Dierks Bentley’s kicked off the Mountain High Tour this past May in support of his ninth studio album, The Mountain. After a December-January break, he picks up again in February 2019. It’s one of the first major tours to work out the new PK Sound Trinity line array system, labeled Advanced Robotics.
Front-of-house and system engineer James “Pugsley” McDermott is on his 13th year touring with Bentley; this is the first tour with the Trinity Advanced Robotic Line Arrays. “It’s been a technological advancement not only in deployment, but also sonically,” McDermott notes.
The system features full-size main hangs with up to 16 Trinity boxes on each side of the stage, plus a dozen Trinity 10s for side hanging and front fills, per side. The crew also flew six Gravity 218 subwoofers per side, with an optional six per side on the ground, which, McDermott explains, were deployed in different configurations daily to fit the size and shape of each venue.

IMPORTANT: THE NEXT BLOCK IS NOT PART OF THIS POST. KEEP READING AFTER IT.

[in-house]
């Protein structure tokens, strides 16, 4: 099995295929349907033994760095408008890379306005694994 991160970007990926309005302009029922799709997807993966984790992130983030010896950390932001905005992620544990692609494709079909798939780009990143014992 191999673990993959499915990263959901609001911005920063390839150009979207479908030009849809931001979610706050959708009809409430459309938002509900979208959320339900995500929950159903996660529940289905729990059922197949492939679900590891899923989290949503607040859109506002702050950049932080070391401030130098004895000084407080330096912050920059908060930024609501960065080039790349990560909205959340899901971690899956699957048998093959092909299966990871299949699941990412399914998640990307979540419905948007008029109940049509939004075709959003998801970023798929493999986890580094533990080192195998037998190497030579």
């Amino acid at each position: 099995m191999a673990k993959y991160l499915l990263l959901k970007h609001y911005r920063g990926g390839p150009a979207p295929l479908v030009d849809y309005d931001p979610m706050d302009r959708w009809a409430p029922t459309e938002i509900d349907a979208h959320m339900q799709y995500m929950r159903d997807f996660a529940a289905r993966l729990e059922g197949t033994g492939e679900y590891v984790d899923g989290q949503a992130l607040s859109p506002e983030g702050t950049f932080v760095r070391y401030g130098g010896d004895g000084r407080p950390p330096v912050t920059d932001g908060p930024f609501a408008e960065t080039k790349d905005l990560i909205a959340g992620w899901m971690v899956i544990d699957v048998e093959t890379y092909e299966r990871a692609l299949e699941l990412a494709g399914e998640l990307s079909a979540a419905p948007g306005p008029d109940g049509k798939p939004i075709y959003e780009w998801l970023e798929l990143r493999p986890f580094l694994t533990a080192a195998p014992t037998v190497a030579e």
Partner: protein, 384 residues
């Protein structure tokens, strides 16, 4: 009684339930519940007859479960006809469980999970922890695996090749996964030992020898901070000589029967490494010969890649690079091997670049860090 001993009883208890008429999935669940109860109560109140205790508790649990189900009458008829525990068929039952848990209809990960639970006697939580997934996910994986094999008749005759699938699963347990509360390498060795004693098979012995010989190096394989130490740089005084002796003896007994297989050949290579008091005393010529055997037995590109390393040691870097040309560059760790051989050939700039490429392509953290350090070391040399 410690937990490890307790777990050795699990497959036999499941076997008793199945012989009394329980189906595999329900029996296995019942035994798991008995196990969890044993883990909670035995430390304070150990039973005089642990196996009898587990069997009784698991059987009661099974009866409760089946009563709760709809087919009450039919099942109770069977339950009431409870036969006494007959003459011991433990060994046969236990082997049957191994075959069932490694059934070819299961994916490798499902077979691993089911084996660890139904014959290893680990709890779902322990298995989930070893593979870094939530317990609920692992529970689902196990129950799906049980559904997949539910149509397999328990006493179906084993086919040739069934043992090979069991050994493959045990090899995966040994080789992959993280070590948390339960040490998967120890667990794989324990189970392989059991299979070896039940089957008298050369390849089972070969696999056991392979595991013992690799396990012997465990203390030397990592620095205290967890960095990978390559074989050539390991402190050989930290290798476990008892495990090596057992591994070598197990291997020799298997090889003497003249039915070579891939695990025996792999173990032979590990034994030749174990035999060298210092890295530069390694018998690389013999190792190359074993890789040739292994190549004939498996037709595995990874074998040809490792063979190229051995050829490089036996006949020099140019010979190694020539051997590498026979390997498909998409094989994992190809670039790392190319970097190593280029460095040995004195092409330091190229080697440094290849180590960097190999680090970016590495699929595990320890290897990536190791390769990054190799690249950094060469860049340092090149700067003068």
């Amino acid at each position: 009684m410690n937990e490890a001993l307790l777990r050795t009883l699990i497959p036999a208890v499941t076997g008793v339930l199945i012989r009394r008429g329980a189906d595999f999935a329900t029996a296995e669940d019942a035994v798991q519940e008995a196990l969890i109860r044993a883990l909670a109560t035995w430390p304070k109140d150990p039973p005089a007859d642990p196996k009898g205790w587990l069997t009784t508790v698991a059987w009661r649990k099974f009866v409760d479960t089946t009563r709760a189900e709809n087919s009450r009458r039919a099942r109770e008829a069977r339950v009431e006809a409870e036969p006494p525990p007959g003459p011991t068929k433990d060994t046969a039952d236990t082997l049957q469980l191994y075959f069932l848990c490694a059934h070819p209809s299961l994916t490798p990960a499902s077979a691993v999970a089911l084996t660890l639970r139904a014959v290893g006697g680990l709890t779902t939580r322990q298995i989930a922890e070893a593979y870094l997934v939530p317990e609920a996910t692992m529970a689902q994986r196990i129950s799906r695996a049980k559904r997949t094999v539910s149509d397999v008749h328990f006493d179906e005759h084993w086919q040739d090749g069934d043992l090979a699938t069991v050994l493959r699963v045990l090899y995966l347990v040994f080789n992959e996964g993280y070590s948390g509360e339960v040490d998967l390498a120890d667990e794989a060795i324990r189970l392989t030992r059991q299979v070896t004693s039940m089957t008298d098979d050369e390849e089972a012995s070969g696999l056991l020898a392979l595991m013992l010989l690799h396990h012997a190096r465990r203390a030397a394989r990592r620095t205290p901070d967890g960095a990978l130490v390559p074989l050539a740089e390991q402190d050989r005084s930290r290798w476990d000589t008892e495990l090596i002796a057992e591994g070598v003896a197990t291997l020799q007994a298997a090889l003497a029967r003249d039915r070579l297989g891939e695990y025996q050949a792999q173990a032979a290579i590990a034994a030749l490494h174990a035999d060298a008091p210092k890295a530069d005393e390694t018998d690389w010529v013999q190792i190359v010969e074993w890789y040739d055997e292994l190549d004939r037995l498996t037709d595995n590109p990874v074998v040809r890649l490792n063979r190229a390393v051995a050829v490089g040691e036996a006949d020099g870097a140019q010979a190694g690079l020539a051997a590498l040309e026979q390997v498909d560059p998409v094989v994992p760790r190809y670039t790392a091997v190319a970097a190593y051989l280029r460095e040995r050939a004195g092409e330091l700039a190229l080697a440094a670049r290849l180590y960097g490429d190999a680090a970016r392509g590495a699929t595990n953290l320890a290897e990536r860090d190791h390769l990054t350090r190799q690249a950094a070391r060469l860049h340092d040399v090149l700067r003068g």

Related: Dierks Bentley: Bluegrass on the Edge, by Barbara Schultz, May 21, 2010
“Every Trinity box can be whatever you want it to be,” McDermott adds. “[One night] I was having problems with a side hang blowing into a video wall to the side of the audience, and all I had to do was just close up the boxes that were pointed at it, and that solved the issue. That’s where the Trinity really shines, because you have the ability to take the room out of the equation.”
Production manager Jay Ballinger—who, like McDermott, has been on tour with the Dierks Bentley road crew for well over a decade—says that Trinity has increased the crew’s efficiency by streamlining the rigging process, from load in, to system setup, load out and transporting to the next venue.
“I love how it flies vertical with the touch of a button,” Ballinger notes. “And with the built-in mechanics, it brings itself into curved position for the show.”